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Fundraiser for Darrington FF vicitim of Oso mudslide.

Oso firefighter Seth Jefferds lost his home, his wife (Christina Jefferds), his granddaughter (Sinoah Huestis), his dog, everything - in the Oso mudslide. 

The Darrington Volunteer Firefighters Association is conducting a fund raiser to allow Seth to purchase a home.  Their goal is $250,000.

The Darrington Volunteer Firefighter's Association will start with a $1000.00 donation that will be placed in an account at Coastal Community Bank.  100% of donations will go directly to Seth and the account will be closed when the goal is met.

Those wishing to help may send donations to Coastal Community Bank to the "Jefferds Firefighter Fund." 

Contact DFVA Treasurer, Jessica Nemnich at with questions.  If you are able, please send a patch from your department.  We will be creating a memorial board with patches from the supporting agencies to present to Seth.  Checks may be mailed to:

Darrington Volunteer Firefighters Association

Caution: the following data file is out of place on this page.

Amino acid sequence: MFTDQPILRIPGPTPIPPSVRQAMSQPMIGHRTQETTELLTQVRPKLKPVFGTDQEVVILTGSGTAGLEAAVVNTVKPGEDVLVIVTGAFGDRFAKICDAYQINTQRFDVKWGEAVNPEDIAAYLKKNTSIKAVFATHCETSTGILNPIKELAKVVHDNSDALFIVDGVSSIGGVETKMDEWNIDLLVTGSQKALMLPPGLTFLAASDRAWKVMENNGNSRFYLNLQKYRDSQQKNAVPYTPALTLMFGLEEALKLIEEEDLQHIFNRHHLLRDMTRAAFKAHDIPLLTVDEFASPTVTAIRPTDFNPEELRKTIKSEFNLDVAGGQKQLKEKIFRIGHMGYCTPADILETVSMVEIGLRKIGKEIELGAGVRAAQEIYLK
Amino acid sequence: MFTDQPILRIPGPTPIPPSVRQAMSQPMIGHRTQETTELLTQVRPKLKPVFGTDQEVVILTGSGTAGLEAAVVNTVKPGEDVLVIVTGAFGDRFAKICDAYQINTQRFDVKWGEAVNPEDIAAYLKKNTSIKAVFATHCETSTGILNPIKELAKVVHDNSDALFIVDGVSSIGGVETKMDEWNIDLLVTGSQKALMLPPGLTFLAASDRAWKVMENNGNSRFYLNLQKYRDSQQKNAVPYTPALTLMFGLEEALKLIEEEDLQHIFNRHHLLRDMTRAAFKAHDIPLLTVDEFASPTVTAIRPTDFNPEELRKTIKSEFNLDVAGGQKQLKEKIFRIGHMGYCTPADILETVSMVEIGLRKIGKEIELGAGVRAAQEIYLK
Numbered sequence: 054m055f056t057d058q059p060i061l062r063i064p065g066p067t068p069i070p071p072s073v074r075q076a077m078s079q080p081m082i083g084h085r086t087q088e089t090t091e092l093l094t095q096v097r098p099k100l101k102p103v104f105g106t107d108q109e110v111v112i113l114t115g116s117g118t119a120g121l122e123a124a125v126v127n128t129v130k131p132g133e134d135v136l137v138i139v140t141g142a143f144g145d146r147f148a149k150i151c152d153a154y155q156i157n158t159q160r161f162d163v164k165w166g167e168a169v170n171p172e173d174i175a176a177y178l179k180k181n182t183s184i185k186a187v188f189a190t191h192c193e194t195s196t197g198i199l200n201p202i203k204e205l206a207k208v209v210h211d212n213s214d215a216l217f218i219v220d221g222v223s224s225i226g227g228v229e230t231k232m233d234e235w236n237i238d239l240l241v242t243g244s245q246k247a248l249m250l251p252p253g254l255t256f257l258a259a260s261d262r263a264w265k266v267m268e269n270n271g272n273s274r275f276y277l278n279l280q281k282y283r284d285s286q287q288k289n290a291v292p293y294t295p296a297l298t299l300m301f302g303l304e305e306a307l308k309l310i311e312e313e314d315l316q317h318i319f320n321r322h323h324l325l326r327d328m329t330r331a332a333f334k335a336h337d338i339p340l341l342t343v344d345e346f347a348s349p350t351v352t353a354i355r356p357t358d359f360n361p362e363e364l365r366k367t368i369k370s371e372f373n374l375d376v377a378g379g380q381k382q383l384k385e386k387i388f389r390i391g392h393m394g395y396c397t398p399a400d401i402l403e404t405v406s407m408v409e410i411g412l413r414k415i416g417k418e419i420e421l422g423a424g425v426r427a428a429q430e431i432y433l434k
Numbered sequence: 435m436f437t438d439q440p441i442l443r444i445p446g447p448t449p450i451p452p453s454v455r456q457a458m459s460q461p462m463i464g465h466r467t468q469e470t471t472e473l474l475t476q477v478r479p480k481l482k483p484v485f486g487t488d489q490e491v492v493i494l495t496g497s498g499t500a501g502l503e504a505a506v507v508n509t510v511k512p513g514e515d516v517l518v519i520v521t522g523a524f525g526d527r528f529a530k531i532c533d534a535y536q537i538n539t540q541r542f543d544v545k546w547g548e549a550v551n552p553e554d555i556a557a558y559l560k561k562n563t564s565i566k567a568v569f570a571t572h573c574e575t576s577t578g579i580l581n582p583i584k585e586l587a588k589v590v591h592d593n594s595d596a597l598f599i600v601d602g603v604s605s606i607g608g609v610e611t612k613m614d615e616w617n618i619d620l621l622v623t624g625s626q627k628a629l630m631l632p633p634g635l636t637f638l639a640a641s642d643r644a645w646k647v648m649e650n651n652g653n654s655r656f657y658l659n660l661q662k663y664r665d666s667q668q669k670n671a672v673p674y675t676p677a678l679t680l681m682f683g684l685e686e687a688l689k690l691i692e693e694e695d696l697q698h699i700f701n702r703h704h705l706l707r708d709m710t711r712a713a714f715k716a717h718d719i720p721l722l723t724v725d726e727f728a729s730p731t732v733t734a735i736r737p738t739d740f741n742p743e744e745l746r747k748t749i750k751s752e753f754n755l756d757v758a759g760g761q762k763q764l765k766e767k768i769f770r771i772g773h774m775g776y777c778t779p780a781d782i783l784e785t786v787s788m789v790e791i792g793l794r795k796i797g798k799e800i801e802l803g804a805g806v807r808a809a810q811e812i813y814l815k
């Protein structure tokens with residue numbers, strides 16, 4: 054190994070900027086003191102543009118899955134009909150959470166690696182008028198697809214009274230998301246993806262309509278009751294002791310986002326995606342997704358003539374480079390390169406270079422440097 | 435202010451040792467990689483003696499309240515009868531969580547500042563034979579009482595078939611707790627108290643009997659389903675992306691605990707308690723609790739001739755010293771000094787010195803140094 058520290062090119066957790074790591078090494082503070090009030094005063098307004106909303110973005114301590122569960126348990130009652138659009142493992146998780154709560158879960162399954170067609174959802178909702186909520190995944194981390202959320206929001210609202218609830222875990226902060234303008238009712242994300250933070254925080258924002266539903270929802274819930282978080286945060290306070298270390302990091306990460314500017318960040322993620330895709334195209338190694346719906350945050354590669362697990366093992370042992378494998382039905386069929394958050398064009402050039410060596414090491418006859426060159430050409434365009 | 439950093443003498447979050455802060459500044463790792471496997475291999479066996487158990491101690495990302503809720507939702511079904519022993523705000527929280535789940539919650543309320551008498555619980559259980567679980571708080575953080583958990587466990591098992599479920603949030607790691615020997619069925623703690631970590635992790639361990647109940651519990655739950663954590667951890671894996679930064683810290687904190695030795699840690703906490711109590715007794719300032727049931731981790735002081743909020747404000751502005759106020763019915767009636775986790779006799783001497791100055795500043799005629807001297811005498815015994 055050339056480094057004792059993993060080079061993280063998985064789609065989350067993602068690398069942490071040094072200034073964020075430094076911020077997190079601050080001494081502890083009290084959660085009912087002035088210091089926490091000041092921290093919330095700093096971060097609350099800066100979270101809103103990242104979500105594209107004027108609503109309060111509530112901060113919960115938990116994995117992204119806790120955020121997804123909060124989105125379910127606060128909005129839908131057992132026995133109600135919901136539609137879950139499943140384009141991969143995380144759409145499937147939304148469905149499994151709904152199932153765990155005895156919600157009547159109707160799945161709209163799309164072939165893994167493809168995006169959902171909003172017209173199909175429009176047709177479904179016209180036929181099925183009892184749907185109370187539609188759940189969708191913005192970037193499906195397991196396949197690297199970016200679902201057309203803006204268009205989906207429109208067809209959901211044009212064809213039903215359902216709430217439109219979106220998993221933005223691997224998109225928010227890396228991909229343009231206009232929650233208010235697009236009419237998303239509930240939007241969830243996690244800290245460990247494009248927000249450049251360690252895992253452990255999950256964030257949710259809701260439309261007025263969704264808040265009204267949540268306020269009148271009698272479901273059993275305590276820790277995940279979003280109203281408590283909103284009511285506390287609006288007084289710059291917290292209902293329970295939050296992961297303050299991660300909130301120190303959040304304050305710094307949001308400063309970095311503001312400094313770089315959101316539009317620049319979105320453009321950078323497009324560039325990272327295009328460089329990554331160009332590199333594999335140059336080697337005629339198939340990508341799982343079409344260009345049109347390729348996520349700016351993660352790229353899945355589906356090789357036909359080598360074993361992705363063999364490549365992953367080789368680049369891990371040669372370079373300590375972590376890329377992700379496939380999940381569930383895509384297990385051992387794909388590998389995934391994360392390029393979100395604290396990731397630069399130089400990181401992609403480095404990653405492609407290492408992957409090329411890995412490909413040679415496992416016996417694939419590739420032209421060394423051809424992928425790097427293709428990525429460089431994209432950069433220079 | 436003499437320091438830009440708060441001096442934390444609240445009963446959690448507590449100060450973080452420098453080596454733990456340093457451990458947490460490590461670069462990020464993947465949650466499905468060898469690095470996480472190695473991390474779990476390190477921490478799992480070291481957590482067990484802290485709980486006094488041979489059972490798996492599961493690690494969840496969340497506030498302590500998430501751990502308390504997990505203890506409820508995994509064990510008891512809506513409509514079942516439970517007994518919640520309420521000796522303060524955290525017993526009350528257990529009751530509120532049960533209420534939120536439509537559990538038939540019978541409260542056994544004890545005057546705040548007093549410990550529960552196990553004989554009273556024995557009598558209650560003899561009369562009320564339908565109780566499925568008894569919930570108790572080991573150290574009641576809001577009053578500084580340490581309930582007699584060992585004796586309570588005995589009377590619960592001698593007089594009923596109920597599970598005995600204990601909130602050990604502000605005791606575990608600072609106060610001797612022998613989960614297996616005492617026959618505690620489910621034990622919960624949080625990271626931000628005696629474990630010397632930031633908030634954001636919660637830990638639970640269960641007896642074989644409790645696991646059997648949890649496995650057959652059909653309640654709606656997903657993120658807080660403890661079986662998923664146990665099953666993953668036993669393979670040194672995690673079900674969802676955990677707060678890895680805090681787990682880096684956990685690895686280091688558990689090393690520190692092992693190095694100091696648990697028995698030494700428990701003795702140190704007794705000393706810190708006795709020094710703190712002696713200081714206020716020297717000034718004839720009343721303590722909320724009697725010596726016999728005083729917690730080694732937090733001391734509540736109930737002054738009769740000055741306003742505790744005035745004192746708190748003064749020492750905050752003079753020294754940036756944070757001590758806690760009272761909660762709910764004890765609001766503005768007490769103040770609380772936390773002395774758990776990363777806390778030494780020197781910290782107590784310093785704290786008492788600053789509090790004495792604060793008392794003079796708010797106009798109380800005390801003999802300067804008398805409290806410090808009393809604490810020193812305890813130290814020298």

PO Box 1238
Darrington, WA 98241

Please make checks payable to DVFA with a memo that it should be paid to the  "Jefferds Firefighter Fund."  Thank you for stepping up and helping a fellow firefighter!

(Editor's Note: Dick's message this month deals with a number of internal issue for the RFFOW, so RFFOW members or retired Firefighters should refer to Dick's publication for important membership information.  We have extracted Dick's excellent discussion of the Oso mud slide and include it in this article.)

Our hearts and prayers go out to the residents of Oso and to the families and loved ones of those who were killed, injured or missing in the tragic Snohomish mudslide. Governor Inslee said “This tragedy is one of the worst in Washington history and one of the deadliest landslides seen in the United States.” We have seen many tragedies in our careers, accidents and natural disasters, but I don’t believe many of us have witnessed anything of this magnitude in our private or professional life.

The National Association of State Retirement Administrators has published a February 2014 brief on cost of living adjustments (COLA) for state and local retirement income.

Most state and local governments provide a COLA for the purpose of offsetting or reducing the effects of inflation, which erodes the purchasing power of retirement income. Such depreciation can affect the sufficiency of retirement benefits, particularly for those who are unable to supplement their income due to disability or advanced age.

Social Security beneficiaries are provided an annual COLA to maintain recipients’ purchasing power. Similarly, most state and local governments provide an inflation adjustment to their retiree pension benefits.

LEOFF 1 COLA for 2014

COLAs for LEOFF Plan 1 - EFFECTIVE APRIL 1, 2014

Retirement Dates


April 2, 2013 – March 31, 2014


January 1, 2013 – April 1, 2013


April 2, 2012 – December 31, 2012


Prior to April 2, 2012